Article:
… the school is to be removed to Cockatoo Island where it would be utterly impossible that we could see our child. My wife is not robust and is at present in a very delicate condition and we both desire that she should return home rather than go to so great a distance … I am engaged in precarious employment as a stonemason and my wife … has been recently confined. … Having made inquiry, I was informed by Mr Lucas and others that my child was never engaged in any of the disgraceful scenes that led to the breaking up of the Establishment at Newcastle … Mr Clarke, Mr Lucas and all who know anything of her at Newcastle have borne the most unmodified testimony to her uniformly good conduct and character … and on these grounds … I earnestly pray that your Excellency will … secure her restoration to the arms of her affectionate parents.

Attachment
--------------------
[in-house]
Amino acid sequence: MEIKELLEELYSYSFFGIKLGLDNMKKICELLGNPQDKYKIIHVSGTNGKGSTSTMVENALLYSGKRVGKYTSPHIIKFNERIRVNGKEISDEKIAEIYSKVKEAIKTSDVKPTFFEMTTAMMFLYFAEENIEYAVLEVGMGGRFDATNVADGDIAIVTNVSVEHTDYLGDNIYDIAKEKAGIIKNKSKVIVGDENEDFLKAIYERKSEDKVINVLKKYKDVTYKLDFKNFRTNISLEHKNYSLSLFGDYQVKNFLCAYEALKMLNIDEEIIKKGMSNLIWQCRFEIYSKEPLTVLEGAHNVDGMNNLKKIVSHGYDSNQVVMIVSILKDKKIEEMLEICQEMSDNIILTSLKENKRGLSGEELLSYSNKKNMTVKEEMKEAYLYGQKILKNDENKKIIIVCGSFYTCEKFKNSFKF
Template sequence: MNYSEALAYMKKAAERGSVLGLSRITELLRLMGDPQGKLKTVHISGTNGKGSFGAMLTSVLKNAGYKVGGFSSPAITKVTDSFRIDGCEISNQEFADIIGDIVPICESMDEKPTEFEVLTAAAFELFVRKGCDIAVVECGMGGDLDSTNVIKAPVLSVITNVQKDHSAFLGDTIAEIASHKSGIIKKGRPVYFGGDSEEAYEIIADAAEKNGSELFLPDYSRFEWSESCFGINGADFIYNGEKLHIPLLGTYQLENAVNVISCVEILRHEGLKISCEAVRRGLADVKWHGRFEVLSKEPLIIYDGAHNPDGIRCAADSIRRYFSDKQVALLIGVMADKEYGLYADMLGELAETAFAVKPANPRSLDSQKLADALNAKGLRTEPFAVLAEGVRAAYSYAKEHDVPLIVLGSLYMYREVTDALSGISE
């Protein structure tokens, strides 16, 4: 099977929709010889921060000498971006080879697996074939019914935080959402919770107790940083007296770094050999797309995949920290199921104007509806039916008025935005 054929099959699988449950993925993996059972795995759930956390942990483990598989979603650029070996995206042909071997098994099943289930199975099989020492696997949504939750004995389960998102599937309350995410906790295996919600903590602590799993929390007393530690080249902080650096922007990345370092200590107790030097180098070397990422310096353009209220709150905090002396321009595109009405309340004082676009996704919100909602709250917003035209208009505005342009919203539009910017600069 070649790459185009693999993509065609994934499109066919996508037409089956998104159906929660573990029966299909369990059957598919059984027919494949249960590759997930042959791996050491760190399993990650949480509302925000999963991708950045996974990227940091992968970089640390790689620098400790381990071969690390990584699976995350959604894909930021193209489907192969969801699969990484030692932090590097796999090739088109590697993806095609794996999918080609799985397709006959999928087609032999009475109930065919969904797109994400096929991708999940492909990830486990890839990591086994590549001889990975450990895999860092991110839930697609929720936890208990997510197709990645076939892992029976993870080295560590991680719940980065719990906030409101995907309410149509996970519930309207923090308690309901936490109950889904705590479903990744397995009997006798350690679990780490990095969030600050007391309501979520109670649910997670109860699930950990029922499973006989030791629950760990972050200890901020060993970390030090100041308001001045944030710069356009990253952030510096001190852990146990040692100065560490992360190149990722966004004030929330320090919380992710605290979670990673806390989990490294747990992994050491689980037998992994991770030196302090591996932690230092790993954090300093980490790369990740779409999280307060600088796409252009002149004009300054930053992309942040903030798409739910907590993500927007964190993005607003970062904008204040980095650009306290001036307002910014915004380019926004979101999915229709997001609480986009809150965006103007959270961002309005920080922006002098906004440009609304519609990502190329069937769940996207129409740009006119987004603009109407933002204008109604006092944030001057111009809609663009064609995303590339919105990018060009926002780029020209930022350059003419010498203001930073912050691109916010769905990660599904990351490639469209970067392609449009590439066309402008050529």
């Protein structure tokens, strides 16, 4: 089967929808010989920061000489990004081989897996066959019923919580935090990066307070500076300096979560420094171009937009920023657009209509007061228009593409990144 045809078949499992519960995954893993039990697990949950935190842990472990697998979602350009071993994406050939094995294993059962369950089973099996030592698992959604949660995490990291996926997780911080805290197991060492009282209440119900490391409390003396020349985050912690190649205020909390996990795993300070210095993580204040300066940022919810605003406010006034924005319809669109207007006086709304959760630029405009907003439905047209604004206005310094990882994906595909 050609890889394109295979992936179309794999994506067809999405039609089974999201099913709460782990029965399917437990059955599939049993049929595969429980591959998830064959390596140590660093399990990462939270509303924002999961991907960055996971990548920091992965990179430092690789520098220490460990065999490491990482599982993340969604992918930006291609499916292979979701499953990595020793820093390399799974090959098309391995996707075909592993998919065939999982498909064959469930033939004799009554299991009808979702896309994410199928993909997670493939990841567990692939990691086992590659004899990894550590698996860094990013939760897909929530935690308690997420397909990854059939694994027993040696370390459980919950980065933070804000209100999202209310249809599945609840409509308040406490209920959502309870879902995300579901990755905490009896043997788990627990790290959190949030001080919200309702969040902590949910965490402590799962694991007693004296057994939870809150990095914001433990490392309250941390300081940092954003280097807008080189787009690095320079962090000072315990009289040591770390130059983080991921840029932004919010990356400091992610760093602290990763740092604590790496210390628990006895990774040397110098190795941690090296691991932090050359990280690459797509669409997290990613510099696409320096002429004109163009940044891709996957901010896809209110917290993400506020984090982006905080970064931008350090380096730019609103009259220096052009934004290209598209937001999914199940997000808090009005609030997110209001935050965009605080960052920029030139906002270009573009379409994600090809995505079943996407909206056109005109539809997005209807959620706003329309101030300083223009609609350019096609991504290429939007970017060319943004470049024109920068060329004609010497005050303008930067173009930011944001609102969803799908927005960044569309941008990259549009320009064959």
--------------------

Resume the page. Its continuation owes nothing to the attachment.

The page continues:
Mary Ann transferred to Biloela before LUCAS responded to the Colonial Secretary. He stated that the Rev. THACKERY and Mary Ann's grandmother and aunt had visited her and had told him that they had considered her parents not of sufficiently good character to return Mary Ann and further, that Mary Ann had stated that she would rather go into service than go home. Police investigations into Thomas were also unsatisfactory and his police history formed part of the reason for the rejection of his petition. The file contained a summary of Thomas's twenty-three court appearances in Maitland and Newcastle courts between 12 November 1858 and 15 June 1871. Some of these appearances resulted in gaol admissions.75 The final comment on this summary stated: 'He is a habitual drunkard and very violent. His wife is the associate of prostitutes.' Thomas's application was therefore rejected.76